One pertinent example is their “Best Vegan Chili” recipe. I make chili powder from dried chiles (being blessed with a local mercado having a great chile selection) rather than laboriously roasting fresh pods, letting them steam, then peeling the skins. I use scissors to cut off the stems, then scrape away the seeds and cut the dried flesh and skin into small bits before toasting them in a cast iron pan. Then I pulverize them in a coffee whacker (not a grinder!). I have had to insist that indeed no animal products were used in the preparation of that chili, it is so tasty and umami-laden.

Mundane Space Opera

My first specific memory of reading science fiction is from one Christmas in Seattle, when we traveled there for the big family gathering that used to happen at my dad’s parents’ (Nanny and Pop) home in rural Oregon. I think this must have been after Pop died. We stayed with Dad’s sister (the aunt who later turned me on to the book Sugar Blues, by William Dufty), whose several children had moved out and started families of their own. I can’t quite remember how old I was, probably between ten and twelve. Evidently at least one of Aunt Mickey’s children, I’d guess Uncle Mike or Uncle Robin (we called them uncles although they were technically cousins; my brother and I were the late offspring of the youngest of three siblings; our cousins on that side were by then grownups with children only slightly younger than we were), had read some science fiction in their youth and left some of their collection behind when leaving home. Somewhere around the house I found a copy of Rocket Jockey by Lester del Ray and loved it. I recall having the feeling that, bored by all the adult stuff and not very gregarious even around children my own age, I had been specifically hunting for the kinds of books that I knew I liked, so I must have already been exposed to the genre. However, I don’t recall specific prior instances. Possibly Narnia or something in a collection of stories for children.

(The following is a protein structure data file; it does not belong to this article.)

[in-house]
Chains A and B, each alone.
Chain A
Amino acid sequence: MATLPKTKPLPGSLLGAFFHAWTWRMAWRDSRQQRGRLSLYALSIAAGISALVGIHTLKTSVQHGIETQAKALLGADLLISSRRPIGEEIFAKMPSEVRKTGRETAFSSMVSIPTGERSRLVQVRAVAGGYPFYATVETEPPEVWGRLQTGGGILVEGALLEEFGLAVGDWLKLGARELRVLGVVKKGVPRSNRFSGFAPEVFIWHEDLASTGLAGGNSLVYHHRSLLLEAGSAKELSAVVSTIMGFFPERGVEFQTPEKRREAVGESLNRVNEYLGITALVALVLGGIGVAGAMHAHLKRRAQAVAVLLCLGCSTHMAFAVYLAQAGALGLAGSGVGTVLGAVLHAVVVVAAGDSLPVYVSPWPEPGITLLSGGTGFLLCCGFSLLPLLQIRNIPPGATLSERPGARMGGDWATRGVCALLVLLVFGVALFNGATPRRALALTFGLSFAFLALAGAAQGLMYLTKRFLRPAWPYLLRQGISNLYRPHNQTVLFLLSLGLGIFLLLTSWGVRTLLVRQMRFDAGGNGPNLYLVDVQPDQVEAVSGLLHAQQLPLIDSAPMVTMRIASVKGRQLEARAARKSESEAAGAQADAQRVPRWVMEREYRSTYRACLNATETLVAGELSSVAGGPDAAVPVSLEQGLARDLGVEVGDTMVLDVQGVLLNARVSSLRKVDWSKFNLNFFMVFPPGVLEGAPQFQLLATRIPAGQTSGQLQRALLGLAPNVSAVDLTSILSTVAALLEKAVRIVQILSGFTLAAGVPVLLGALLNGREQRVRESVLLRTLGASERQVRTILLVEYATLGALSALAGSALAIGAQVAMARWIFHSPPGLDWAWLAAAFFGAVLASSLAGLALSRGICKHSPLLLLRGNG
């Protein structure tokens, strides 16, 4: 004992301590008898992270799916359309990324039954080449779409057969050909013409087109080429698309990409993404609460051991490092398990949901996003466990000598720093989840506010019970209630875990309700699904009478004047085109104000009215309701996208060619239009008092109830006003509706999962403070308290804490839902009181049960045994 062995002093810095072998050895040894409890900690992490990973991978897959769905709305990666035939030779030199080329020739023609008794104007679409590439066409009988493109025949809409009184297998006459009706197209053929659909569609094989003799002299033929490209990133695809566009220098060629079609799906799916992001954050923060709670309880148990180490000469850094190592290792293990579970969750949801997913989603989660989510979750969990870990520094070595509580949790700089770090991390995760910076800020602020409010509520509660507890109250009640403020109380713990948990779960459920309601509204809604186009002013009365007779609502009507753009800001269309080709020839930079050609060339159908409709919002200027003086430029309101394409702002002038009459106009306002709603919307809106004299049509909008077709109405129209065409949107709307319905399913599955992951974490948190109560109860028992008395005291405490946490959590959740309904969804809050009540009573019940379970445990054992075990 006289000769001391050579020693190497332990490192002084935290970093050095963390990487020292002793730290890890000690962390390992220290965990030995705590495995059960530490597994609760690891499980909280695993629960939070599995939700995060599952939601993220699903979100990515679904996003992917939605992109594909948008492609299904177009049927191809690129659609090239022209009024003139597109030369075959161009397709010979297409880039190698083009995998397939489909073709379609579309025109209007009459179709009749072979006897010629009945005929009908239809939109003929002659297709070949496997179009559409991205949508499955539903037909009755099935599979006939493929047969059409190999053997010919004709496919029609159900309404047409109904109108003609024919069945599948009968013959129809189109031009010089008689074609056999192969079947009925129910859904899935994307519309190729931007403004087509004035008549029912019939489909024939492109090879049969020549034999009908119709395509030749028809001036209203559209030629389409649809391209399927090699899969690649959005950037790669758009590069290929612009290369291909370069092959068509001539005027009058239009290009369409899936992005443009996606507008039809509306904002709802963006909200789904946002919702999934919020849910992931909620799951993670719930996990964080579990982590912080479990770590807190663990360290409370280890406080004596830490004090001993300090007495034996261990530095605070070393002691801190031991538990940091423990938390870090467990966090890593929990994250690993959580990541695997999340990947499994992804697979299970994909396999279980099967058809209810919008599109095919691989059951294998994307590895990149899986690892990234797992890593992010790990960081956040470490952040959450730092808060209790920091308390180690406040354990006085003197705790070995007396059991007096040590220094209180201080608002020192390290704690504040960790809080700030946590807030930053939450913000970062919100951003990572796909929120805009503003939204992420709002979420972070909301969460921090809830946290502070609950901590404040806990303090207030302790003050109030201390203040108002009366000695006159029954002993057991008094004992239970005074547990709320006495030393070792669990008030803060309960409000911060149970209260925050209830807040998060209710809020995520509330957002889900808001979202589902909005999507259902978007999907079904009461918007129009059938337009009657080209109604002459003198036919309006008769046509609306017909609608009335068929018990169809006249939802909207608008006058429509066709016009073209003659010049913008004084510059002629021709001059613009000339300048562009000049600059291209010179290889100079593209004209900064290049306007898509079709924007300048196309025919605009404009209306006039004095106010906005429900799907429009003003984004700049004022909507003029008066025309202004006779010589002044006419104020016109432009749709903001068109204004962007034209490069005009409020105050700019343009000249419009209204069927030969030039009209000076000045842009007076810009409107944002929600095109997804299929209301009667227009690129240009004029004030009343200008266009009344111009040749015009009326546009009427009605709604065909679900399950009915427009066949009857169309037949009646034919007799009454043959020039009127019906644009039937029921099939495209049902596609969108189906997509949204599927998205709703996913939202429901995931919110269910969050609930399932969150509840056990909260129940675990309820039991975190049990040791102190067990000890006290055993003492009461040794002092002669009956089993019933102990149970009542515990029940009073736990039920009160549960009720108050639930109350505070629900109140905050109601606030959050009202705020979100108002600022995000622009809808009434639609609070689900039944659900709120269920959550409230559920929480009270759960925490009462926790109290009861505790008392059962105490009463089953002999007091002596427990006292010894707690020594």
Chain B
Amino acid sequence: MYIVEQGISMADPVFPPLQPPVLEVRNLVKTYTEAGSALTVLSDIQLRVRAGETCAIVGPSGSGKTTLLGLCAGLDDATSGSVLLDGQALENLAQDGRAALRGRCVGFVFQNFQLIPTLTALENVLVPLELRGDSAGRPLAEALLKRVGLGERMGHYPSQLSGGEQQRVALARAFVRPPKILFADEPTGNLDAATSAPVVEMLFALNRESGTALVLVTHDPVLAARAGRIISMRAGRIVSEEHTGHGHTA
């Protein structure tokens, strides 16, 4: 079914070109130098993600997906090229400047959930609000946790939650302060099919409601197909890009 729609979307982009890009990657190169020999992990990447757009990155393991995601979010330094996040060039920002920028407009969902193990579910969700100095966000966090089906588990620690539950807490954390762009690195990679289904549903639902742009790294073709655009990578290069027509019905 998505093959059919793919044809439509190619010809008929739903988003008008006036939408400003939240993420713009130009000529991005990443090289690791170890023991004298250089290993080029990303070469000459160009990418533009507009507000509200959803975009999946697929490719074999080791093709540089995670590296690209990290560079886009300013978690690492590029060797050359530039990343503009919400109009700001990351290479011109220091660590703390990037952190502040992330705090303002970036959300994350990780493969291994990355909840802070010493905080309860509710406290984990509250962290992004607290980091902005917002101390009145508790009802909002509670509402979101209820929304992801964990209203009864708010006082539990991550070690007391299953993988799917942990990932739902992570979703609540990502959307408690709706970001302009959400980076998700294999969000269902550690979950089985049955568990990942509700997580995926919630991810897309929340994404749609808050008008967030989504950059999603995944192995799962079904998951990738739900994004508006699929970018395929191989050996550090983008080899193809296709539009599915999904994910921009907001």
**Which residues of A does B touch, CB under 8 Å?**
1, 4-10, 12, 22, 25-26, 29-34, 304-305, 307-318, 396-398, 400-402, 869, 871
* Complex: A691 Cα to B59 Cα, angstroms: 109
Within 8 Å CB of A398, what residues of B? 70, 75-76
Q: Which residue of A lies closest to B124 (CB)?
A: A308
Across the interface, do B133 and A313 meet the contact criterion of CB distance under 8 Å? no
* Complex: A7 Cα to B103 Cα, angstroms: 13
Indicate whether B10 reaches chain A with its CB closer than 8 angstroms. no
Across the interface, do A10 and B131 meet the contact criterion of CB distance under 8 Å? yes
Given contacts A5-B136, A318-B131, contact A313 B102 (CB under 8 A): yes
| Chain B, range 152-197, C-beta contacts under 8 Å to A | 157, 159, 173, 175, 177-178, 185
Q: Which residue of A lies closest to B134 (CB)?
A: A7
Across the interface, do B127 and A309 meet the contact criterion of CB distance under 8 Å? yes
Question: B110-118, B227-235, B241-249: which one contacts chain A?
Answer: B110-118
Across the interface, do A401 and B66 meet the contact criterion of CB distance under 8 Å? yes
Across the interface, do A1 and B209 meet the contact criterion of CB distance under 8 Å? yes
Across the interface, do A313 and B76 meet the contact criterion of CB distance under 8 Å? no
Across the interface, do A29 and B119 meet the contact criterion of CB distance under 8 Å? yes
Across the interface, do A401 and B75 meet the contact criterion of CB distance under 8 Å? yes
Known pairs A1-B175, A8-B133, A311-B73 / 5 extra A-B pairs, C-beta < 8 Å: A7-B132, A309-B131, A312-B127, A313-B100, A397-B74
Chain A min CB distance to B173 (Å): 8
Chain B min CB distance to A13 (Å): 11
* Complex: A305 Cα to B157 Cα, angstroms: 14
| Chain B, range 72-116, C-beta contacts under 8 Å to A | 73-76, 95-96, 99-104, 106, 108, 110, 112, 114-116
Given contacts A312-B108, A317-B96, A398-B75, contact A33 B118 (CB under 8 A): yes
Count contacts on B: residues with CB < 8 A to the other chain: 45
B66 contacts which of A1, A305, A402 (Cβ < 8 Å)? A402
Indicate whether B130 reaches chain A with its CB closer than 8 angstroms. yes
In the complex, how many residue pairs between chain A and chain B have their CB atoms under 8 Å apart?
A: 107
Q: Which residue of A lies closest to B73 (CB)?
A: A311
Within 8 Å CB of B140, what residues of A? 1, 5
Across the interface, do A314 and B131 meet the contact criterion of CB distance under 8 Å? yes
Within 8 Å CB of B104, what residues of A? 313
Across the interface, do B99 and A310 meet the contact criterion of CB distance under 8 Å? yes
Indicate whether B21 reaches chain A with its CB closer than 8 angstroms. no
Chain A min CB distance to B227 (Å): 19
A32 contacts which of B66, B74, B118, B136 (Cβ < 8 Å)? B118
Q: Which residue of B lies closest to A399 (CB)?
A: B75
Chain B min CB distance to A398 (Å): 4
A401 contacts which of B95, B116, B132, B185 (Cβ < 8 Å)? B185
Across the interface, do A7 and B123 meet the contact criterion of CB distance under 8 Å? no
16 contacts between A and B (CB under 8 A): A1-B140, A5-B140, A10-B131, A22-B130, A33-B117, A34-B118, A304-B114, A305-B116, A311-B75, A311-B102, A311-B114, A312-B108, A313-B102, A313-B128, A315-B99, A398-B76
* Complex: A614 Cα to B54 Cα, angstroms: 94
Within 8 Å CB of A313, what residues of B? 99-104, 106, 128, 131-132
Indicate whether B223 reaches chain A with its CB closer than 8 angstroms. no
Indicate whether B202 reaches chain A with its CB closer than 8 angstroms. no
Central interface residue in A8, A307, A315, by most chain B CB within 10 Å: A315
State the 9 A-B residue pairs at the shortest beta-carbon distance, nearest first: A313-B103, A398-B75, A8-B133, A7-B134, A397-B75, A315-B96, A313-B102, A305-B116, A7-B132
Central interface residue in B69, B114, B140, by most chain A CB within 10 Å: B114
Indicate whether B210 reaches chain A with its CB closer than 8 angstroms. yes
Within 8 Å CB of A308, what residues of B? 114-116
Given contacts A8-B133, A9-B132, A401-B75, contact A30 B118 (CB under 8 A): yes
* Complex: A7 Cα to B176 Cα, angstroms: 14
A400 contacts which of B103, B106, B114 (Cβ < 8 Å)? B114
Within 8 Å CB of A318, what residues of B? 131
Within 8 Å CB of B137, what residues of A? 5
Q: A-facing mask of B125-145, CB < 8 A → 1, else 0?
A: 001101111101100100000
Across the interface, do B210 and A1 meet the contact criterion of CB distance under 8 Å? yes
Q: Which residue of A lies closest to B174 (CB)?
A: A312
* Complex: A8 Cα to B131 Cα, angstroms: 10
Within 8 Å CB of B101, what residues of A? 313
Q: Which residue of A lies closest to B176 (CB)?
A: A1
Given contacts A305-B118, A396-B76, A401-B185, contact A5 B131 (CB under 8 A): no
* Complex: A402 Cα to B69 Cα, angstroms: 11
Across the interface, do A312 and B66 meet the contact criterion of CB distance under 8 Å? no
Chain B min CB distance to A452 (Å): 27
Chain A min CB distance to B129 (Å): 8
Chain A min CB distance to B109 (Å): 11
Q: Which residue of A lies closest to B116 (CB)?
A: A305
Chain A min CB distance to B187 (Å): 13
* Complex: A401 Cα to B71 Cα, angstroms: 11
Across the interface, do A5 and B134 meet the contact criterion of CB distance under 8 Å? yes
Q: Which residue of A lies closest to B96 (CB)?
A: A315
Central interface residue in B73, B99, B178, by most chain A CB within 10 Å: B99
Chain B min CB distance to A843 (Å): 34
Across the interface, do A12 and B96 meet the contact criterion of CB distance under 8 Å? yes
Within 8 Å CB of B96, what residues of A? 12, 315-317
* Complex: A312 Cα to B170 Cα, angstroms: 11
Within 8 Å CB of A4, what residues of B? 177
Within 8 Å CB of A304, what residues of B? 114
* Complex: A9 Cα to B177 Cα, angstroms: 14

Once we got back home I began frequenting the local bookstore, and started spending some of my allowance and eventually paper route money on the used (and sometimes new) science fiction I found there. In seventh grade a friend turned me on to the Heinlein juveniles, and I discovered Tolkien. I knew already I wanted to be a scientist or technical person, having discovered in fourth or fifth grade a series of books in the library entitled “So you want to be a …”, filling in “Chemist”, “Astronomer”, “Doctor”, etc. I even had a chemistry set (the kind you can’t get any more, supplemented by garage sale purchases of additional components made available when older kids in my town lost interest or moved on to college; thank goodness our parents had no idea!). I can’t decide whether science fiction led me to science, or science led me to science fiction, or I approached both simultaneously. A few years later Uncle Mike gave me a copy of Dune at another Seattle Christmas. It took me a couple of tries to get into it, but when I finally did my mind was blown (I had the same experience many years later with the – non-science fiction – Sometimes A Great Notion).